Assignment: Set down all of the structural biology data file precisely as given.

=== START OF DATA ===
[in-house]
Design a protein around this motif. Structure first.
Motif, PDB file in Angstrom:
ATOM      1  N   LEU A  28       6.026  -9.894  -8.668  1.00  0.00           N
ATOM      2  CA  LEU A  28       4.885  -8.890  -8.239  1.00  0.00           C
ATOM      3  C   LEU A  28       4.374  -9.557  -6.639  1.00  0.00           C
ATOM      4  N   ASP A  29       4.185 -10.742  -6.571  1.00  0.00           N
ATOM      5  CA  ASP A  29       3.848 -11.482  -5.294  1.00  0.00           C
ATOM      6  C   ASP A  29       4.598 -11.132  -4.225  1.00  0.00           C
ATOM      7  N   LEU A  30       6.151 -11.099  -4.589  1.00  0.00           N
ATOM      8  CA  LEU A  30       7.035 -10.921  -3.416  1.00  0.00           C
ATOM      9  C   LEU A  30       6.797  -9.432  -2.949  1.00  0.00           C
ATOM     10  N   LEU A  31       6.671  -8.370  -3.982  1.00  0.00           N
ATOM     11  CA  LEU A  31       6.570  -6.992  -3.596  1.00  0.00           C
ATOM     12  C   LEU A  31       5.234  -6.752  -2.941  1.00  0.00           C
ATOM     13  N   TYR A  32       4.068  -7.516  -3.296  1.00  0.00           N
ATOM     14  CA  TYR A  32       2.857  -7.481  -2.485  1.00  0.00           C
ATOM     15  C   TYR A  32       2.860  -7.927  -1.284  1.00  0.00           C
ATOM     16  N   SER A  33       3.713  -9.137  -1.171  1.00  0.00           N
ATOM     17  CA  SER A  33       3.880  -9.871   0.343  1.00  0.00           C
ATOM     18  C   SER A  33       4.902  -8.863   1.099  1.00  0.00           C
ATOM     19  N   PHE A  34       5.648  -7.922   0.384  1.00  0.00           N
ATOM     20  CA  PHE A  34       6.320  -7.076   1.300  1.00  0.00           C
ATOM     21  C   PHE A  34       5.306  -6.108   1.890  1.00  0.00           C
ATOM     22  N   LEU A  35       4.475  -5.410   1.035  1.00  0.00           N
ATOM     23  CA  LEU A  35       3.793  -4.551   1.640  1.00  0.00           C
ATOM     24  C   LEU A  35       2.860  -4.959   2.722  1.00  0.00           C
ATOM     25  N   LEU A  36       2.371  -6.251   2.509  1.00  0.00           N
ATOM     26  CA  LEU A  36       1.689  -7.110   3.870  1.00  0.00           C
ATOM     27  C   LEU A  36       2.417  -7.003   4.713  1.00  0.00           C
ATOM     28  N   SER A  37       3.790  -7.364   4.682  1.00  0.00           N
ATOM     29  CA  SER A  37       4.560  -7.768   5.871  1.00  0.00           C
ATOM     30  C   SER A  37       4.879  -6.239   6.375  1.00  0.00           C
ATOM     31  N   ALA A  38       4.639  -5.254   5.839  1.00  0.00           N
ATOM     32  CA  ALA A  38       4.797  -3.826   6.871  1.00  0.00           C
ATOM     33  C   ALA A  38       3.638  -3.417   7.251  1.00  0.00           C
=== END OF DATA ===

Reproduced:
[in-house]
Design a protein around this motif. Structure first.
Motif, PDB file in Angstrom:
ATOM      1  N   LEU A  28       6.026  -9.894  -8.668  1.00  0.00           N
ATOM      2  CA  LEU A  28       4.885  -8.890  -8.239  1.00  0.00           C
ATOM      3  C   LEU A  28       4.374  -9.557  -6.639  1.00  0.00           C
ATOM      4  N   ASP A  29       4.185 -10.742  -6.571  1.00  0.00           N
ATOM      5  CA  ASP A  29       3.848 -11.482  -5.294  1.00  0.00           C
ATOM      6  C   ASP A  29       4.598 -11.132  -4.225  1.00  0.00           C
ATOM      7  N   LEU A  30       6.151 -11.099  -4.589  1.00  0.00           N
ATOM      8  CA  LEU A  30       7.035 -10.921  -3.416  1.00  0.00           C
ATOM      9  C   LEU A  30       6.797  -9.432  -2.949  1.00  0.00           C
ATOM     10  N   LEU A  31       6.671  -8.370  -3.982  1.00  0.00           N
ATOM     11  CA  LEU A  31       6.570  -6.992  -3.596  1.00  0.00           C
ATOM     12  C   LEU A  31       5.234  -6.752  -2.941  1.00  0.00           C
ATOM     13  N   TYR A  32       4.068  -7.516  -3.296  1.00  0.00           N
ATOM     14  CA  TYR A  32       2.857  -7.481  -2.485  1.00  0.00           C
ATOM     15  C   TYR A  32       2.860  -7.927  -1.284  1.00  0.00           C
ATOM     16  N   SER A  33       3.713  -9.137  -1.171  1.00  0.00           N
ATOM     17  CA  SER A  33       3.880  -9.871   0.343  1.00  0.00           C
ATOM     18  C   SER A  33       4.902  -8.863   1.099  1.00  0.00           C
ATOM     19  N   PHE A  34       5.648  -7.922   0.384  1.00  0.00           N
ATOM     20  CA  PHE A  34       6.320  -7.076   1.300  1.00  0.00           C
ATOM     21  C   PHE A  34       5.306  -6.108   1.890  1.00  0.00           C
ATOM     22  N   LEU A  35       4.475  -5.410   1.035  1.00  0.00           N
ATOM     23  CA  LEU A  35       3.793  -4.551   1.640  1.00  0.00           C
ATOM     24  C   LEU A  35       2.860  -4.959   2.722  1.00  0.00           C
ATOM     25  N   LEU A  36       2.371  -6.251   2.509  1.00  0.00           N
ATOM     26  CA  LEU A  36       1.689  -7.110   3.870  1.00  0.00           C
ATOM     27  C   LEU A  36       2.417  -7.003   4.713  1.00  0.00           C
ATOM     28  N   SER A  37       3.790  -7.364   4.682  1.00  0.00           N
ATOM     29  CA  SER A  37       4.560  -7.768   5.871  1.00  0.00           C
ATOM     30  C   SER A  37       4.879  -6.239   6.375  1.00  0.00           C
ATOM     31  N   ALA A  38       4.639  -5.254   5.839  1.00  0.00           N
ATOM     32  CA  ALA A  38       4.797  -3.826   6.871  1.00  0.00           C
ATOM     33  C   ALA A  38       3.638  -3.417   7.251  1.00  0.00           C